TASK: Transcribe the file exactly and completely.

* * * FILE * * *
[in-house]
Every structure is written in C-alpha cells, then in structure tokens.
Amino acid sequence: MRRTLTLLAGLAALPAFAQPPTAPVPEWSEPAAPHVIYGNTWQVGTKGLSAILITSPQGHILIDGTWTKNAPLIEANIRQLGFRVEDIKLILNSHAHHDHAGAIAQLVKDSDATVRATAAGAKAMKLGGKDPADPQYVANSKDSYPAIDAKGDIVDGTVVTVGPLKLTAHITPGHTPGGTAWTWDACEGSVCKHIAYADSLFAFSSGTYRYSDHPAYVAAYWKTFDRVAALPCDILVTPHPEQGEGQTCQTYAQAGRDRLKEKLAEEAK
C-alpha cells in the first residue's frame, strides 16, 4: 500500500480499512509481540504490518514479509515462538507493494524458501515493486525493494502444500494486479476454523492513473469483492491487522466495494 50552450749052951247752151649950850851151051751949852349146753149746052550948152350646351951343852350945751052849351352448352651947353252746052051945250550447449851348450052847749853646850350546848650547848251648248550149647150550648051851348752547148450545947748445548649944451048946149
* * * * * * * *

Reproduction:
[in-house]
Every structure is written in C-alpha cells, then in structure tokens.
Amino acid sequence: MRRTLTLLAGLAALPAFAQPPTAPVPEWSEPAAPHVIYGNTWQVGTKGLSAILITSPQGHILIDGTWTKNAPLIEANIRQLGFRVEDIKLILNSHAHHDHAGAIAQLVKDSDATVRATAAGAKAMKLGGKDPADPQYVANSKDSYPAIDAKGDIVDGTVVTVGPLKLTAHITPGHTPGGTAWTWDACEGSVCKHIAYADSLFAFSSGTYRYSDHPAYVAAYWKTFDRVAALPCDILVTPHPEQGEGQTCQTYAQAGRDRLKEKLAEEAK
C-alpha cells in the first residue's frame, strides 16, 4: 500500500480499512509481540504490518514479509515462538507493494524458501515493486525493494502444500494486479476454523492513473469483492491487522466495494 50552450749052951247752151649950850851151051751949852349146753149746052550948152350646351951343852350945751052849351352448352651947353252746052051945250550447449851348450052847749853646850350546848650547848251648248550149647150550648051851348752547148450545947748445548649944451048946149